Do you have a favorite name for your grandparents? Maybe it
was Maw Maw and Paw Paw, or Nana and Pop, or the classic Grandma and Grandpa. While
many families have their own unique names for their grandparents, here some
common names people around the world call their grandparents.
Grandmother: Maimeó (pronounced Mam-o)
Grandfather: Daideó (pronounced Daddo)
While maimeó and
daideó are the words used to address a
grandmother or grandfather, there are a few different words for
grandparents in Irish. For example, there are máthair chríona, which translates to “wise mother,” and athair críonna which translates to “wise
Grandmother: Yaya (yah-yah)
Grandfather: Pappoús (pa-poos)
Many Greek children are named
after their grandparents. These names often correspond to a saint’s name,
and along with celebrating birthdays, families also celebrate a child’s name day.
The name day is the saint’s feast day.
Grandmother: Obaasan, Sobo (obaa-san, soh-boh)
Grandfather: Ojiisan, Sofu (oh-gee-sahn, soh-foo)
Though most Japanese
homes house only immediate family, extended family often live close by and
visit frequently. In Japanese culture, elders are highly respected.
Grandmother: Babushka (BAH-boo-shka)
Grandfather: Dedushka (DYZE-doo-shka)
Both of these terms are used to address one’s grandparents
as well as someone of grandmotherly or grandfatherly age. Babushka is also the name
of colored, light wool headscarves worn by older women in Russia.
Grandmother: Nani (maternal), DaaDee Jii (paternal)
Grandfather: Nana (maternal), DaaDaa Jii (paternal)
over 22 major languages, and depending on the region you are in, you might
hear a variety of names for grandparents. For example, in one of India’s languages,
Telugu, grandma is am’mam’ma, and grandpa
Grandmother: Jaddah (juddah)
Grandfather: Jad (jud)
common Arabic proverb about grandparents goes, “Only your grandchild is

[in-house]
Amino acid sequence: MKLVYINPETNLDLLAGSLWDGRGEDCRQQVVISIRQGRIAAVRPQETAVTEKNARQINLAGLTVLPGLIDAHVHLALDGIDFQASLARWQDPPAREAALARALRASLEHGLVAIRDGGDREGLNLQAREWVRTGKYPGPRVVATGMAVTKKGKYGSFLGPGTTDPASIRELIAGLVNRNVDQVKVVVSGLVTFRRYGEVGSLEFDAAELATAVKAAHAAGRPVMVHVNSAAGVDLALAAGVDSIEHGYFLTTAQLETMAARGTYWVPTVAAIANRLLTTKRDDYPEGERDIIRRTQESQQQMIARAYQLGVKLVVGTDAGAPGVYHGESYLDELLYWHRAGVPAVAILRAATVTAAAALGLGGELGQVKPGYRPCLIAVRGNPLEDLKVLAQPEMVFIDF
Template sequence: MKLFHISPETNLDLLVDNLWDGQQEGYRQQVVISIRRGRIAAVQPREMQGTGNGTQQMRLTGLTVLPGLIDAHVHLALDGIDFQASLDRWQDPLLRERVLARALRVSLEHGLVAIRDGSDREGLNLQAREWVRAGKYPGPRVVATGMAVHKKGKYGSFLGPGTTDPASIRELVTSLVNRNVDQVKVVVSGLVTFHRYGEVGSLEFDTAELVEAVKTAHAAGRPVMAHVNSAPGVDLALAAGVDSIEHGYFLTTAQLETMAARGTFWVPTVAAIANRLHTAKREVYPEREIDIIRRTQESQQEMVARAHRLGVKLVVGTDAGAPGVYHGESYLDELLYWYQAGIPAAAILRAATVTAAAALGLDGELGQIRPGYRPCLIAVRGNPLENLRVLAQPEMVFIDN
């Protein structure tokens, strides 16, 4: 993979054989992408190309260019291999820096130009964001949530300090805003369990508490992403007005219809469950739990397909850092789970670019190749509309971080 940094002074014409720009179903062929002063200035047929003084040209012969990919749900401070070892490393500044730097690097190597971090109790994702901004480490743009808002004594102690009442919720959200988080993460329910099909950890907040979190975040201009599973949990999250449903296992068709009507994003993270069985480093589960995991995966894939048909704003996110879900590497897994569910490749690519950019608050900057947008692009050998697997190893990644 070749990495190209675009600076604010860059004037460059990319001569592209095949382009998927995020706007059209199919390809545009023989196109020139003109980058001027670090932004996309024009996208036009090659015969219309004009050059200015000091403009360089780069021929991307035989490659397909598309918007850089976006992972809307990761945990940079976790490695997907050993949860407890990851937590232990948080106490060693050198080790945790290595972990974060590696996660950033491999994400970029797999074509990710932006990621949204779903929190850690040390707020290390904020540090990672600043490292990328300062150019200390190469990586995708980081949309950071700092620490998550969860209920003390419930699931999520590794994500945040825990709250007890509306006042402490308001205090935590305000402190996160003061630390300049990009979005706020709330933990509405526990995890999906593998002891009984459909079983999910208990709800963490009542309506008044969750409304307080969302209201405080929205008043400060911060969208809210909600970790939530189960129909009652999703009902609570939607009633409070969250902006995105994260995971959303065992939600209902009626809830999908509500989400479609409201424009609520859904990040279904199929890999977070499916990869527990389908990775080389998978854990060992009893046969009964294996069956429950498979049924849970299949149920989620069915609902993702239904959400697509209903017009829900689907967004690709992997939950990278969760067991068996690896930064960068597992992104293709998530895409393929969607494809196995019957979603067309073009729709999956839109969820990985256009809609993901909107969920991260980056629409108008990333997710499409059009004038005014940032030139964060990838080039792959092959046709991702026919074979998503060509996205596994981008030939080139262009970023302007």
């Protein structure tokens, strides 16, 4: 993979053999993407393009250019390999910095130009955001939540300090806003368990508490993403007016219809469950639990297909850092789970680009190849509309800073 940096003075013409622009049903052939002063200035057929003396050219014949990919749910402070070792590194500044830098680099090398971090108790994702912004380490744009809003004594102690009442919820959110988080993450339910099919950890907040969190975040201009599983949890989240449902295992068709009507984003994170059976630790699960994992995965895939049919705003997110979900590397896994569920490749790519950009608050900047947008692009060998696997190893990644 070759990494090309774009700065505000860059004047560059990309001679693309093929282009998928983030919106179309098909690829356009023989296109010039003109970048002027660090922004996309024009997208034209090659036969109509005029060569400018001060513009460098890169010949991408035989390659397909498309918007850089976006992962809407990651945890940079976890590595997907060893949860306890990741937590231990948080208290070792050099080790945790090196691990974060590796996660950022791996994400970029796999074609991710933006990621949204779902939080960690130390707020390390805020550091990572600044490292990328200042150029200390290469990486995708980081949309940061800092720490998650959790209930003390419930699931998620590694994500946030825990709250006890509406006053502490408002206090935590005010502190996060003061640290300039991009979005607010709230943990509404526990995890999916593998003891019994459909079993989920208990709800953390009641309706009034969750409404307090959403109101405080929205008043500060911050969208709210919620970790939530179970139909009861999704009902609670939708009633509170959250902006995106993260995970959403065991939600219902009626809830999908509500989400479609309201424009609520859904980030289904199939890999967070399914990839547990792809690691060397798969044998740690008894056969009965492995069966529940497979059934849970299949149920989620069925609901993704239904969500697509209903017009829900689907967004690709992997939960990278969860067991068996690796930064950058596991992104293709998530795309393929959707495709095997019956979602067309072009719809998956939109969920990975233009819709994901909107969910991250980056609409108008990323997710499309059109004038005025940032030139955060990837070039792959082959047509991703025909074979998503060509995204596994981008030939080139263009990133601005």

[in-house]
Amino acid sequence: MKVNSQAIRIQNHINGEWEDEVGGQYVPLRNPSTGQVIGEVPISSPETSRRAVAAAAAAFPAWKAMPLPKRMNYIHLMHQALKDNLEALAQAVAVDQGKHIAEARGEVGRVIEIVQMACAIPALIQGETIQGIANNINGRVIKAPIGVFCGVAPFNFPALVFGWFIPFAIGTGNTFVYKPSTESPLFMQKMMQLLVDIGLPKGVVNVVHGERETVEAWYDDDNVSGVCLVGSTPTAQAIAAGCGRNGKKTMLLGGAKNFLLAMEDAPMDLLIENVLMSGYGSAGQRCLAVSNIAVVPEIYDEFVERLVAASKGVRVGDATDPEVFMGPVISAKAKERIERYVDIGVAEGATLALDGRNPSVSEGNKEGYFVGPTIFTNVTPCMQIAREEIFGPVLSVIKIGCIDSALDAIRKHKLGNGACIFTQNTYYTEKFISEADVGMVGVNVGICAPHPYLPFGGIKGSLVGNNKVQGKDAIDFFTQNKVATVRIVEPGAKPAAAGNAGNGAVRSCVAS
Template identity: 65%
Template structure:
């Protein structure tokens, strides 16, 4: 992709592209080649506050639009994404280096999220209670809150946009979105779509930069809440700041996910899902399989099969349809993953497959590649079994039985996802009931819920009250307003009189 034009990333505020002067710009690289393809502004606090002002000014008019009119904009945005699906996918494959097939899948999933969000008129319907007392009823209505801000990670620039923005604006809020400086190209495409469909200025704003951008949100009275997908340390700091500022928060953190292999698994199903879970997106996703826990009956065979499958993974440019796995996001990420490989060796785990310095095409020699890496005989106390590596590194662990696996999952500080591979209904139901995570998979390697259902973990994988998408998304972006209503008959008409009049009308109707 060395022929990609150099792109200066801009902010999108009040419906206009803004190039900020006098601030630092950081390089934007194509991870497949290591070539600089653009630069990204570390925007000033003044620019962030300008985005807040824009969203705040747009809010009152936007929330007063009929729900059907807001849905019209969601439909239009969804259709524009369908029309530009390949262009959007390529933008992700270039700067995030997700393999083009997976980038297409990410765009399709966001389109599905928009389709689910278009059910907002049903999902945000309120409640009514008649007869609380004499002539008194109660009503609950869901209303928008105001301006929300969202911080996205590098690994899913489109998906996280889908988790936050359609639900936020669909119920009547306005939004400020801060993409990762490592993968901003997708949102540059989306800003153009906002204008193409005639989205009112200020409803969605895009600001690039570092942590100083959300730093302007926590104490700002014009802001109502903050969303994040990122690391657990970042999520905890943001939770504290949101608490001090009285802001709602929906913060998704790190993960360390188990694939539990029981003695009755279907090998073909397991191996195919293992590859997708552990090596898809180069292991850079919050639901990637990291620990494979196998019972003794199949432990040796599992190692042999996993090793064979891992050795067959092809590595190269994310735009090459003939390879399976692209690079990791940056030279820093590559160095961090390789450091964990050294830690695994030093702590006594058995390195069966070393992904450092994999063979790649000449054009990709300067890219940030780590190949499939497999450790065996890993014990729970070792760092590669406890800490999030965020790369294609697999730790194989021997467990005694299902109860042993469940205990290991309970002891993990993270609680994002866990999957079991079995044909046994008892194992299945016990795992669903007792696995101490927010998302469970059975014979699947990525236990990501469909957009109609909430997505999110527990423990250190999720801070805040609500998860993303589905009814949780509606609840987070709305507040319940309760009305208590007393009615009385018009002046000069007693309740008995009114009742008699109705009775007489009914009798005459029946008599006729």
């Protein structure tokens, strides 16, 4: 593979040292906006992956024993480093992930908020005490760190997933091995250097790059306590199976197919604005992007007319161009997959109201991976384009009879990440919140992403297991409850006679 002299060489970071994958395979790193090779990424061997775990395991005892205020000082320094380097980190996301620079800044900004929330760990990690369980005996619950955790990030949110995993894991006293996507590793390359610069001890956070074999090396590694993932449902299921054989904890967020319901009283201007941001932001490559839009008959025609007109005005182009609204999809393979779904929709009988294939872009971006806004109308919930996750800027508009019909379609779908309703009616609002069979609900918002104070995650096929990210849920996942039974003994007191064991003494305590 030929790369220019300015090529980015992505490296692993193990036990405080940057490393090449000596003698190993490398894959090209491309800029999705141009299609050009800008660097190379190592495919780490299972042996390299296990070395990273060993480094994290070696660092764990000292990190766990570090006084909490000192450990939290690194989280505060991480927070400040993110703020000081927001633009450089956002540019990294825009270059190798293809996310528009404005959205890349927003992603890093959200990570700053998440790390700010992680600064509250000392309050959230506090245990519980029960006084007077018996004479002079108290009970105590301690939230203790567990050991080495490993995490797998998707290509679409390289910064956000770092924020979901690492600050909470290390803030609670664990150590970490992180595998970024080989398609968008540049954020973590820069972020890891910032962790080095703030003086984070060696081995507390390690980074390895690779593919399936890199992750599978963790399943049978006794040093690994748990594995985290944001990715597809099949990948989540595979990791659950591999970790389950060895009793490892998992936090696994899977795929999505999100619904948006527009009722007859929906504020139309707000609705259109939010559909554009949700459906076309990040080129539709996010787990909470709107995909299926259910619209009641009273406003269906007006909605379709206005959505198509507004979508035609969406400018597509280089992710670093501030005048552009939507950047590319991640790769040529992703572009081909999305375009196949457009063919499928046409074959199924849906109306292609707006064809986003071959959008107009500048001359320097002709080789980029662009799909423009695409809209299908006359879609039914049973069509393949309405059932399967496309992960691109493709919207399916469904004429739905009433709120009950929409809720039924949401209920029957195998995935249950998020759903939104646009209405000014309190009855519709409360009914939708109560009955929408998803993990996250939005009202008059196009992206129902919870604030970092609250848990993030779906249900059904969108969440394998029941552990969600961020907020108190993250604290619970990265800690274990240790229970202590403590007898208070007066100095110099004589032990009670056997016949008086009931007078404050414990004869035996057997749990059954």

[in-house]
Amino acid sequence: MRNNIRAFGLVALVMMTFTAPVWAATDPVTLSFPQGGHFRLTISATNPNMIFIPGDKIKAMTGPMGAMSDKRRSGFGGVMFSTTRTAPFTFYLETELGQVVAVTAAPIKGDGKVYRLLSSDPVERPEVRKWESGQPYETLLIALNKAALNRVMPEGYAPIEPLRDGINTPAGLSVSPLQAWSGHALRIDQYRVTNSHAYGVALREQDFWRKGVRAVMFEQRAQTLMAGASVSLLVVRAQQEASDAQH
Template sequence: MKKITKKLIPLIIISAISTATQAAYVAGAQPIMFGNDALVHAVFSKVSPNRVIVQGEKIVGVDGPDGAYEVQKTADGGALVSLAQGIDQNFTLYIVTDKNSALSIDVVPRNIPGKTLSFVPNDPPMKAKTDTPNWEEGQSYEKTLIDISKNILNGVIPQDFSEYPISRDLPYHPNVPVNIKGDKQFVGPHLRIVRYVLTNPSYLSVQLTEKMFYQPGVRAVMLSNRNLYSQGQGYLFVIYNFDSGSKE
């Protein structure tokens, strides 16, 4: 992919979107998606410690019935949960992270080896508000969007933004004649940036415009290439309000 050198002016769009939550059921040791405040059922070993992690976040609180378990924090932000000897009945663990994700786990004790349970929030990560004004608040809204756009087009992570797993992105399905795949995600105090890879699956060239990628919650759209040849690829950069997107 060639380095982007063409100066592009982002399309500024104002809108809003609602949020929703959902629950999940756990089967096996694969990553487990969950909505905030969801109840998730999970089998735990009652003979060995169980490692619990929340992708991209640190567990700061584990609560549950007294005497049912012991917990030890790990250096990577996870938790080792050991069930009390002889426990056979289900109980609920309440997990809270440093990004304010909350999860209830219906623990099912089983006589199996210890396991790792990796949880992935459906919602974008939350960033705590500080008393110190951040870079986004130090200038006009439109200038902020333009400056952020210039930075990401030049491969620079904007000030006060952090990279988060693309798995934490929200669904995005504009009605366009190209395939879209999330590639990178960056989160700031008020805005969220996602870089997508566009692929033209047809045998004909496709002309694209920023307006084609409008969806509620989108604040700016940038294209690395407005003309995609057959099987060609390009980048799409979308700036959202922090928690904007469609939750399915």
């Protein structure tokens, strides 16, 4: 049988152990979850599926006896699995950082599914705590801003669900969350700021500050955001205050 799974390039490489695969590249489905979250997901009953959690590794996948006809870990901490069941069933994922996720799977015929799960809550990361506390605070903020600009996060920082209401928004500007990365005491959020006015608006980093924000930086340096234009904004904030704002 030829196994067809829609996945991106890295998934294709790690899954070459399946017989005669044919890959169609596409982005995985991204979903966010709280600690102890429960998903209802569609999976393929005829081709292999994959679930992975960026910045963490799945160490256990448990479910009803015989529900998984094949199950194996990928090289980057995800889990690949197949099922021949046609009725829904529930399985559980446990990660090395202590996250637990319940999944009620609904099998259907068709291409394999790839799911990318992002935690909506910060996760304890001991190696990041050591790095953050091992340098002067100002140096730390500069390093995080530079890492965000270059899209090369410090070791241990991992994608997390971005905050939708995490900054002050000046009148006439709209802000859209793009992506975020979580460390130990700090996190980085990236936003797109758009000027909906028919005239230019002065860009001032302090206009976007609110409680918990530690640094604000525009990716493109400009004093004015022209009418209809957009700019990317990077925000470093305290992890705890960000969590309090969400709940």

dearer to you than your child.”
Grandmother: Grand-mère (gran-mare)
Grandfather: Grand-père (gran-pear)
French-Canadian versions of grandma and grandpa are slightly
different, with many people using the terms mémère
Grandchildren may also call their grandmothers Bubbe or Bubby and their grandfathers Zayde
or Zayda, the Yiddish words for these
Grandmother: Mormor (maternal), Farmor (paternal)
Grandfather: Morfar (maternal), Farfar (paternal)
Swedish last names often employ patronymics,
the tradition of adding a suffix or prefix to the father’s name and passing it
on to the child.
Grandmother: Avó (ah-vah)
Grandfather: Avô (ah-voah)
uncommon to find three generations living under one roof. The word for
“family” (parentela) often refers to
extended family as well, not just immediate family.
Spaniards have the highest life expectancy in Europe, living
on average for 85.8 years. This long life means more time with
Grandmother: Bibi (bee-bee)
Grandfather: Babu (bah-boo)
In Kenya, according to tradition,
the youngest son is responsible for caring for his aging parents.
Grandmother: La Nonna (non-na)
Grandfather: Il Nonno (non-no)
In Italian culture, people have a deep respect for elderly family members. These senior members are deeply invested in their children and grandchildren’s lives, and this care comes with the expectation that their children and grandchildren will likewise care for them throughout their old age.
It’s fun to know what other people call their grandparents, but it’s even better to actually call and talk to your grandparents! When you call, ask your grandparents to share some of their stories with you. Need some ideas? Check out this article about how you can preserve your grandparents’ stories!
Source: New on FamilySearch